The CMP Review — Week of May 22

The CMP Review — Week of May 22

May 22, 2023

“Give the children time to grow. Give them time to think. Remember the words of the poet, ‘The thoughts of youth are long, long thoughts.’ Obedience must be taught; discipline must be wrought; learning must be instilled. Nevertheless find time, make time, if needs be take time from other things, that the child, or better still the children, may have their seasons free from grown-up restraint. Their happiness will be securer, their natures sweeter, their development surer, for the times of unconscious being. Their moral standpoint will be insensibly raised by the unrecognized yet appreciated confidence placed in them; and above all they will keep for a longer period—perhaps in a measure all their lives—the child-spirit which, precious as it is, stands in so great a risk of being lost for ever in the modern rush of life, the eagerness to excel, the struggle for the front rank.” (Reynolds, The Parents’ Review, Vol. 10, p. 158)


May 23, 2023

“Life rushes; it seldom walks or trots quietly,” wrote Dr. Helen Webb. “Typewriters, telephones, motor-cars and aeroplanes tend to make people pack their days full to bursting, and many of us find that we are expected, with these aids, to get through as much in a day as former generations did in a week or more.”

These words from 1928 make us wonder what Dr. Webb would write of our lifestyles today. Have iPhones, electric cars, and the internet made people pack even more into their days? Are we now expected to get through in an hour as much as her generation did in a day?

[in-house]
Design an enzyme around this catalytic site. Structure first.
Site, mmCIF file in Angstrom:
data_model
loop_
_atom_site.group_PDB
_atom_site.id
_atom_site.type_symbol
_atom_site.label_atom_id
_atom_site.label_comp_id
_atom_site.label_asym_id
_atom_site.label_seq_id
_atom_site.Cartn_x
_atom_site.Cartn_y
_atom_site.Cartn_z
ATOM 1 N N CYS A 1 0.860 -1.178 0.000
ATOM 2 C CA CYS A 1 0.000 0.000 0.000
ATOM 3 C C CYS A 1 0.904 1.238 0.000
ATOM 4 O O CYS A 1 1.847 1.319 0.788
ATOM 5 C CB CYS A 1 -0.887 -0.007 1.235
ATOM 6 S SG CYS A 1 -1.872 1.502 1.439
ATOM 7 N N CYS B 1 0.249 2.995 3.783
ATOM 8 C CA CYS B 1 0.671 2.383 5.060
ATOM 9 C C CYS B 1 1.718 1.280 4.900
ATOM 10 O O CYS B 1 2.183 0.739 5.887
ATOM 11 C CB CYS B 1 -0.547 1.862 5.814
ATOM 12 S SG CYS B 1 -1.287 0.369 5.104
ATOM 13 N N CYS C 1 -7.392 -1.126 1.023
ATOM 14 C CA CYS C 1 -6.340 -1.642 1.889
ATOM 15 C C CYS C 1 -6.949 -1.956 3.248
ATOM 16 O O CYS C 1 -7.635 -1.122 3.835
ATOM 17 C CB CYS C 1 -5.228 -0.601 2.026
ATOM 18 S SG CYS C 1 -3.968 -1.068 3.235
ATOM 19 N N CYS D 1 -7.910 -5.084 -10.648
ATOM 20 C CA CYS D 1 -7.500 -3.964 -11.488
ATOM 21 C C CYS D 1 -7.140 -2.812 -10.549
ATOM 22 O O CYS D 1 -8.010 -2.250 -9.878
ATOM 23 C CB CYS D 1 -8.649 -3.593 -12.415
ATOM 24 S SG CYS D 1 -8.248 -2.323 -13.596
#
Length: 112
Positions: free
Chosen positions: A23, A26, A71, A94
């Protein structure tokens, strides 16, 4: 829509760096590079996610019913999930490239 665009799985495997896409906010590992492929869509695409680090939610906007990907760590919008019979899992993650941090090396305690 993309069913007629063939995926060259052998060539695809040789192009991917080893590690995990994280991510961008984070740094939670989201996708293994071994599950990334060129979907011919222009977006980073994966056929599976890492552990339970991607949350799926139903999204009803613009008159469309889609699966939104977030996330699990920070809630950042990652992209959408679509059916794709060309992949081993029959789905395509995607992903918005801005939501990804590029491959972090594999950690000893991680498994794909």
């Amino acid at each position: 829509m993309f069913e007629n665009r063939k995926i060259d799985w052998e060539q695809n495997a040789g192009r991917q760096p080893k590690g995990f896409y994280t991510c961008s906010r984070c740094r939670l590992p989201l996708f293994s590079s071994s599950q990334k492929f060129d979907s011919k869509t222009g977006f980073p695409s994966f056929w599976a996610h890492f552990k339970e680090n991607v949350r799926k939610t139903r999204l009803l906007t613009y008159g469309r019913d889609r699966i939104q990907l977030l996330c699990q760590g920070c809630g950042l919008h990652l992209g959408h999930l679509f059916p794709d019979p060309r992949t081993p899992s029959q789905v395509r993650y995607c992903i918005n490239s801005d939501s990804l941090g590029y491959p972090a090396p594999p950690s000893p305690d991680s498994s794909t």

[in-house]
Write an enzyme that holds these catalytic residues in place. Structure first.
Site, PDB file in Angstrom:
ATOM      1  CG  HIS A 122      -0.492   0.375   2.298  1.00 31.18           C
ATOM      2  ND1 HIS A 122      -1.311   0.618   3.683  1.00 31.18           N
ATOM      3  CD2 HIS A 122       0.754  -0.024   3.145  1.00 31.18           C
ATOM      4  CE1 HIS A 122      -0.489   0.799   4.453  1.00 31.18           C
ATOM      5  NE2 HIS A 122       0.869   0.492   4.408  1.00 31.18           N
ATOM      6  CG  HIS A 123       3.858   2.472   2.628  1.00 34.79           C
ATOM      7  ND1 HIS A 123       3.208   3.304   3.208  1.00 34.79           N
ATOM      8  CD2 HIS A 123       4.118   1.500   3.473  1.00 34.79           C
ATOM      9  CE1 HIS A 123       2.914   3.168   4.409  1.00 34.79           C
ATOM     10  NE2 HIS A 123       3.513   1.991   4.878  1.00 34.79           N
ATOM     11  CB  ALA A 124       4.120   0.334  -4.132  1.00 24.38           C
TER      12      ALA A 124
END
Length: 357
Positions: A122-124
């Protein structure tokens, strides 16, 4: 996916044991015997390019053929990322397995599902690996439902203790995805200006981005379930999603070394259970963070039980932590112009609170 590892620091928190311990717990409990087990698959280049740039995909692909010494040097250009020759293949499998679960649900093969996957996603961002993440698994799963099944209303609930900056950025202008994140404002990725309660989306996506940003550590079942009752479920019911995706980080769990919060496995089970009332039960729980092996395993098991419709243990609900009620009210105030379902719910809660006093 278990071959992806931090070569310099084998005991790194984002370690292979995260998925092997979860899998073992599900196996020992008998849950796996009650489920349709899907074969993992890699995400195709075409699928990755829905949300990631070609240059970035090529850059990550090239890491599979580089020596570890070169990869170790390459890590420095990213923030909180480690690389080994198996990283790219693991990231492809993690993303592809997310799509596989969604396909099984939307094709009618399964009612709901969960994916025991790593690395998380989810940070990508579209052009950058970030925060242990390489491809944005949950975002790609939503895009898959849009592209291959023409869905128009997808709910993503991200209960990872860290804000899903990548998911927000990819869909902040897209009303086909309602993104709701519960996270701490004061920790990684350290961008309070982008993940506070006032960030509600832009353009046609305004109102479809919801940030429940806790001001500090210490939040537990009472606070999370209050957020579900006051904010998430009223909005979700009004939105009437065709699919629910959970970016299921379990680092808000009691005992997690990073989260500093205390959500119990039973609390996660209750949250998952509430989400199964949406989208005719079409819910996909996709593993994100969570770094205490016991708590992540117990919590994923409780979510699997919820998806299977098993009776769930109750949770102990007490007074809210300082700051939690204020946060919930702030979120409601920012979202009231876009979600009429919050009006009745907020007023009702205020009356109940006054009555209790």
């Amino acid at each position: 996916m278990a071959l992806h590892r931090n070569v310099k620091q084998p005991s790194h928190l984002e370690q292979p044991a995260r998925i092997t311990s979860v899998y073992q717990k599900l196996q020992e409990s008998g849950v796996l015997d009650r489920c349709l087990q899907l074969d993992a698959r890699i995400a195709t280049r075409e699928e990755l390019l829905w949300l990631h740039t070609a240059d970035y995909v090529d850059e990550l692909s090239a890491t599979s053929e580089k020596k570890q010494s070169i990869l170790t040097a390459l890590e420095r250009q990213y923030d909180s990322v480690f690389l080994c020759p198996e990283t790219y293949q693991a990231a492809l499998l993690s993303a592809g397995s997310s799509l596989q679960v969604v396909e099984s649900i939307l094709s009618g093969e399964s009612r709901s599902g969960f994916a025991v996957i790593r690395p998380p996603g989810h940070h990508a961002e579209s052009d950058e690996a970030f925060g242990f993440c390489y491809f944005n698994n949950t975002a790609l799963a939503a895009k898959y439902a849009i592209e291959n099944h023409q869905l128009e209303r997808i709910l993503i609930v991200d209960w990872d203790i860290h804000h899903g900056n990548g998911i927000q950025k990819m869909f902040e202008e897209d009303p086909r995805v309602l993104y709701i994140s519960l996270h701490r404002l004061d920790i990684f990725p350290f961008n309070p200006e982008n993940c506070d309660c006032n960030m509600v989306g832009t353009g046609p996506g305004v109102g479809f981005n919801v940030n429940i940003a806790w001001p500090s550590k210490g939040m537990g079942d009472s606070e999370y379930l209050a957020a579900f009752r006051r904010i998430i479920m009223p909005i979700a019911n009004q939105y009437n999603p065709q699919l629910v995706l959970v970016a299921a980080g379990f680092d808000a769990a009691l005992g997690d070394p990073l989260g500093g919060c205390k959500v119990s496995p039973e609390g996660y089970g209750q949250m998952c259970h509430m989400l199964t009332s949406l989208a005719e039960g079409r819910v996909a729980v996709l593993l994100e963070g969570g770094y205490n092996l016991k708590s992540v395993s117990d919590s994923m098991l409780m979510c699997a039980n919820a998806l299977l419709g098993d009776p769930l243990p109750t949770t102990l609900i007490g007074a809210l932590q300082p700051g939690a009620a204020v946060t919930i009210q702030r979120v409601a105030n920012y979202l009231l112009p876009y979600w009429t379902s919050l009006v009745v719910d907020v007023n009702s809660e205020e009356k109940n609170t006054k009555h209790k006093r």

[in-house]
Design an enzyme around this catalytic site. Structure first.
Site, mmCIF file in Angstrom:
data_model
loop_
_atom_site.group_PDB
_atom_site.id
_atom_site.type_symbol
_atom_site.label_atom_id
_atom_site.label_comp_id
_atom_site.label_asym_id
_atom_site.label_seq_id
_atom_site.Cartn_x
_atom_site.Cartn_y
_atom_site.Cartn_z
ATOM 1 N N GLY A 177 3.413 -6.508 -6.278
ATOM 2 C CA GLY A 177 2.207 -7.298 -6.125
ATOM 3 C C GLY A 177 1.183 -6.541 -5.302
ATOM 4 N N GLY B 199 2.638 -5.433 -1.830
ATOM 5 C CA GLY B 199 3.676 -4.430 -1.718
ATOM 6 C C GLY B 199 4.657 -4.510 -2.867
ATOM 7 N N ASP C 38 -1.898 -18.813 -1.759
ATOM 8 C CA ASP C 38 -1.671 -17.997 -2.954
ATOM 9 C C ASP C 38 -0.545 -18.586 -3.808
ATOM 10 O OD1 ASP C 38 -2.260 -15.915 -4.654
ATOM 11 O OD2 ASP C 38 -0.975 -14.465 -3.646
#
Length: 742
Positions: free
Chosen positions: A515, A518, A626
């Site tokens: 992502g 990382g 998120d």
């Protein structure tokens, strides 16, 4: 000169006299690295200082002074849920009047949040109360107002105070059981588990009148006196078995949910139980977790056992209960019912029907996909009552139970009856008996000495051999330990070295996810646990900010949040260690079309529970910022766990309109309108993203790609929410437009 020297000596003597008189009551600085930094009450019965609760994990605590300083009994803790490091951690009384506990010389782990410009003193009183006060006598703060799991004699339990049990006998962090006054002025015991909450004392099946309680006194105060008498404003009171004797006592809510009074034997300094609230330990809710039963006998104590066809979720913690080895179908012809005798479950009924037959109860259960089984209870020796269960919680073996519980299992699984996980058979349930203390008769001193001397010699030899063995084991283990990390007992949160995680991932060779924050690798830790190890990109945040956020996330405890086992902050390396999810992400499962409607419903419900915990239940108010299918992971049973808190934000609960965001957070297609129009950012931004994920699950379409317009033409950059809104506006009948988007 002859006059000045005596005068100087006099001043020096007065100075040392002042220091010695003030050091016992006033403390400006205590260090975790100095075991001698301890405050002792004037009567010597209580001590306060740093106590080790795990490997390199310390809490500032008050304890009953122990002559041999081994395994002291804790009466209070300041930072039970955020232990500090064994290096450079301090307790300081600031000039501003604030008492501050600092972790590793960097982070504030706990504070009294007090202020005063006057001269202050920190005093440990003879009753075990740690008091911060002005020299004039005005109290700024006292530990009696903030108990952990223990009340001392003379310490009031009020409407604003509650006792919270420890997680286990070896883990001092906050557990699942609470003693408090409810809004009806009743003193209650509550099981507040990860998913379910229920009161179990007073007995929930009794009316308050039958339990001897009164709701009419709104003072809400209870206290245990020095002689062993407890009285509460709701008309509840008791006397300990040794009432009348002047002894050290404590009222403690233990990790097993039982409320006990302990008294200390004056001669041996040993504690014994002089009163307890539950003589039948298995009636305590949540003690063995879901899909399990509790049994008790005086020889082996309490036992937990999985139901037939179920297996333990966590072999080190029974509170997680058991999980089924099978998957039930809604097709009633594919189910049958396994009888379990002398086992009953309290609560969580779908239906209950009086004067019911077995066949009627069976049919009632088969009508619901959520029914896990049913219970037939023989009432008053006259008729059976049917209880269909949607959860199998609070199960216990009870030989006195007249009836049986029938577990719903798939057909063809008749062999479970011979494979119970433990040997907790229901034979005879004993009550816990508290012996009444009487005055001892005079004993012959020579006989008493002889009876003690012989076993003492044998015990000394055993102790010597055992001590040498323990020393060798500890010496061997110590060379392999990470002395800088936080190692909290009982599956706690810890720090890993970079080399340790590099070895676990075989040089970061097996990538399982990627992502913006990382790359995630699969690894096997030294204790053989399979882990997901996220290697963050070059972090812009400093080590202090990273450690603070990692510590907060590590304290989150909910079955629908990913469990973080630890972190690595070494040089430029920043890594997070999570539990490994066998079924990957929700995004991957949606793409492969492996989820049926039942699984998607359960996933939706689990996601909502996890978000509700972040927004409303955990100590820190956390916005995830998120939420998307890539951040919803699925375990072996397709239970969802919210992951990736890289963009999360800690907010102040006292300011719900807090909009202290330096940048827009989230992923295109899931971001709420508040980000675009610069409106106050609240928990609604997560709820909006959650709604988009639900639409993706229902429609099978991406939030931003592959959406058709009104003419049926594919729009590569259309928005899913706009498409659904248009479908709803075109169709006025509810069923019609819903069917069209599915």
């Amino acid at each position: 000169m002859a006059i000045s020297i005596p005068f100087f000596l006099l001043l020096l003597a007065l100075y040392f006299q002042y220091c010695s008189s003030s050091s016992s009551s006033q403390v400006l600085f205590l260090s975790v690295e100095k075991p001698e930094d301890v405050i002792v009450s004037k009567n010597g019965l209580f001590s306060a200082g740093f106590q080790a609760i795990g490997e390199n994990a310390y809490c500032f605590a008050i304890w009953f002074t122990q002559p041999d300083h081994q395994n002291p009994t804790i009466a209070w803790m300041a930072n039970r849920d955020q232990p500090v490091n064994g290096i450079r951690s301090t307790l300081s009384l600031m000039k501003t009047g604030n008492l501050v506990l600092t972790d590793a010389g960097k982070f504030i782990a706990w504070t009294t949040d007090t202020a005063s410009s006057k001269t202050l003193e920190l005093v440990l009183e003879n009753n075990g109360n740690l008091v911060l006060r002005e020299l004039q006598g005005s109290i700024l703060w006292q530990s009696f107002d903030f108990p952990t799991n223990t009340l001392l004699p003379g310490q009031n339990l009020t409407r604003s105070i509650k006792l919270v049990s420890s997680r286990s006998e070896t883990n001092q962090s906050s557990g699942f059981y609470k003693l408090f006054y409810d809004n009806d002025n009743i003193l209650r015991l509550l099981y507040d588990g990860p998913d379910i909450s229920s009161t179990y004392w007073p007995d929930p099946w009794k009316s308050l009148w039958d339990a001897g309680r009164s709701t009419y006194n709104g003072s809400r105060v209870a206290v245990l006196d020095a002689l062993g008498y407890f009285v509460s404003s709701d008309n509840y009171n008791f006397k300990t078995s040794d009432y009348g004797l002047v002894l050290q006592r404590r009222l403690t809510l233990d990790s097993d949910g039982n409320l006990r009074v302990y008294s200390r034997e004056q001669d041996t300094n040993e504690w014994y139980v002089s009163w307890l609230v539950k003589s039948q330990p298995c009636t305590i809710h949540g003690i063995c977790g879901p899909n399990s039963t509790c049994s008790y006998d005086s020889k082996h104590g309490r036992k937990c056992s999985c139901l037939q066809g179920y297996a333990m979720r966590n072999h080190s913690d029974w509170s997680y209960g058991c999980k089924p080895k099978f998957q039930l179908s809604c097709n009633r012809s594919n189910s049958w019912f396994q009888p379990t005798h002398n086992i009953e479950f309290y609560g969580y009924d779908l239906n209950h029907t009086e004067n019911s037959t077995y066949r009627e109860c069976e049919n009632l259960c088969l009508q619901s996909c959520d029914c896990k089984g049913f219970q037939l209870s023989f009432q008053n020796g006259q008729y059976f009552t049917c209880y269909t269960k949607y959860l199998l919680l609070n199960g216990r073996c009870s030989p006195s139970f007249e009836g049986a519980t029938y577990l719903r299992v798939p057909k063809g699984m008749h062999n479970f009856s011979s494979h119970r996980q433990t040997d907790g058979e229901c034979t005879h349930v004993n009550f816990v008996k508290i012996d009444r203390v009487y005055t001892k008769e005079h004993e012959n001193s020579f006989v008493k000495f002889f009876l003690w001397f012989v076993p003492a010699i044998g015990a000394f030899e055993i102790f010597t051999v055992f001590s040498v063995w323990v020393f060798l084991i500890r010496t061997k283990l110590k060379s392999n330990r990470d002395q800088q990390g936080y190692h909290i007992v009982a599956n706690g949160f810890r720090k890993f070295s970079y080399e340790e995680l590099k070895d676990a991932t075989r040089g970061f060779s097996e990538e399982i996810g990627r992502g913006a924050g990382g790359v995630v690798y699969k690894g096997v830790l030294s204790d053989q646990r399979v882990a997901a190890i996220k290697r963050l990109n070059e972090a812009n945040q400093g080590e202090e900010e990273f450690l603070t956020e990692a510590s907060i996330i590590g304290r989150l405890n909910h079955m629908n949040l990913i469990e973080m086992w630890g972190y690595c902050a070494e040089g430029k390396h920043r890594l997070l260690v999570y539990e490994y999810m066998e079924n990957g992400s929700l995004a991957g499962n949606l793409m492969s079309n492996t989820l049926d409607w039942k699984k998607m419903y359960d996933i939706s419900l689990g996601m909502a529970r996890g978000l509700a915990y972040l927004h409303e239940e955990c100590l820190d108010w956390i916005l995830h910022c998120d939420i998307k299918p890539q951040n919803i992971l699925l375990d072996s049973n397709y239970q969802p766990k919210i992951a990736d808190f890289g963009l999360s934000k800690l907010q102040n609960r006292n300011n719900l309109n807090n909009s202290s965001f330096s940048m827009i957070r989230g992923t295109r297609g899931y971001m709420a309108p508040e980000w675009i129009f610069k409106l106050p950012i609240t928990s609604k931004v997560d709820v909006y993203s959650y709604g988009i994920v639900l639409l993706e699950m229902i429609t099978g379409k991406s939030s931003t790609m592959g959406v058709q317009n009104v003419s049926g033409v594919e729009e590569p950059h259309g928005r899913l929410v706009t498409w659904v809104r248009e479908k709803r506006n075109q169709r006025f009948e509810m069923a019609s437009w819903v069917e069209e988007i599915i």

Dr. Webb was alarmed by the impact that this hectic lifestyle was having on the children of her day. She outlined a multi-pronged approach for parents to secure “a quiet growing time” for their little ones. Not surprisingly, her program involves habit, atmosphere, and ideas. But she insisted that these be balanced. “What we aim at,” she wrote, “is the balanced stability … which, moved by the slightest touch, ultimately returns to equilibrium.”

If Dr. Webb’s advice was well-received in her era of typewriters, how much more should it be in our era of keyboards? Instead of pointing us to big tech and big power, she points to the little things. Because the quiet growing time depends on small things. Read or listen to Dr. Webb’s timely paper on why small things matter, available here.

📷: @aolander


May 24, 2023

Have you ever read The Scarlet Pimpernel? It’s a historical fiction in which the male protagonist mysteriously signs his messages with a drawing of the tiny flower. I’d always only imagined it as an English flower so was surprised to find the sweet symbol of humility growing here in Tennessee.


May 25, 2023

In the 17th century, René Descartes introduced Cartesian coordinates. David Nelson describes the impact: “Their discovery allowed the application of algebraic methods to geometry and the study of hitherto unknown curves.”

Prior to Descartes, one might be forgiven for thinking of geometry and algebra as two fundamentally separate disciplines, as distinct as, say, grammar and arithmetic. But Descartes enabled us to see that x² + y² = r² is as accurate and valid a definition of a circle as the set of points equidistant from a center.